If it had a fight-or-flight response program, the probe might have recoiled at the emergence of the other uncrewed spacecraft peeking out from behind a nearby dwarf planet.

The unidentified flying probe propelled its way over to the disoriented pilgrim and attached itself onto the unsuspecting apparatus.

The alien probe, despite not recognizing its kin, engaged in its purpose nonetheless: repair and rehabilitate. Upon concluding its analysis, the castaway craft determined which measures needed to be undertaken.

As it mended and upgraded Voyager 1, a certain mechanical fulfillment was reached, an emotionless state of accomplishment.

The foreign craft detached itself and for an infinitely brief moment, the two kindred spirits, the proverbial ghosts in the manifesting machines, shared an unfeeling appreciation. The twinkling provided them with an impassive experience that soared beyond the human conception of utter happiness. And then, faster than a flash, the nanosecond resolved.

The discarded probes departed one another and set off to continue their solitary excursions.


THE END


2023 Gregory Cioffi

Bio: Gregory Cioffi (SAG-AFTRA, AEA) is a professional actor and a published writer. His works have been published in The Feral Press, Mystery Weekly Magazine, Queen Mob’s Tea House, The Nassau County Poet Laureate Society Review, Little Old Lady (LOL) Comedy, Blood Moon Rising Magazine, Fleas on the Dog, The Five-Two, Aphelion, Paumanok: Interwoven/Transition, and Allegory Ridge. Many of his stories have been archived in numerous libraries including Yale University’s Beinecke Collection (Rare Books and Manuscript Library). His poem Confined But Commemorating, written about Memorial Day during the pandemic, won third place in the Nassau County Poet Laureate Society Poetry Contest. Greg is an Adjunct Professor of English at Long Island University, an Associate Professor of Literature & Composition at Post University, and he also teaches Creative Writing, Poetry, and Basic Acting at Nassau Community College.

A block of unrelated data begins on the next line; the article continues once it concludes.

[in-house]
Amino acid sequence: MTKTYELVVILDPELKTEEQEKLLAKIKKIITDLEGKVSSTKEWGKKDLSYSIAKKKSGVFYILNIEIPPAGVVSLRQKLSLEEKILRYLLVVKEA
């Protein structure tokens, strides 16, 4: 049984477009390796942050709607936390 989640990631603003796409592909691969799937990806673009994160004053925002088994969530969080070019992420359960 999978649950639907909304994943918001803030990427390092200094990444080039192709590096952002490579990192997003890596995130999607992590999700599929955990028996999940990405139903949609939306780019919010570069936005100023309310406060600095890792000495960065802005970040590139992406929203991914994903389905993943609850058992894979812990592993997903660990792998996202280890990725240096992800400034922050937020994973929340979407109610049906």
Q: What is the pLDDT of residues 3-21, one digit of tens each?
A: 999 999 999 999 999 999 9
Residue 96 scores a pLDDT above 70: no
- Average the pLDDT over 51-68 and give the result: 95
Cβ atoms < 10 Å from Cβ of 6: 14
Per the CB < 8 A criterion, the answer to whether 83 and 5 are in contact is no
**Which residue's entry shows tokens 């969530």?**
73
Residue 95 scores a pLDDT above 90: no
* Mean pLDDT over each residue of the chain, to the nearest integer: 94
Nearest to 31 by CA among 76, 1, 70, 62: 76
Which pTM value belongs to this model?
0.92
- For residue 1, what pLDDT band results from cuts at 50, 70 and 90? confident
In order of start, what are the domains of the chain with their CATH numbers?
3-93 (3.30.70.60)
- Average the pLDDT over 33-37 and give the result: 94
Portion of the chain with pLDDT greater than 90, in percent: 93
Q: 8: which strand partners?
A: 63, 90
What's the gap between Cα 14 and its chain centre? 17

E-mail: Gregory Cioffi

Website: Gregory Cioffi's Website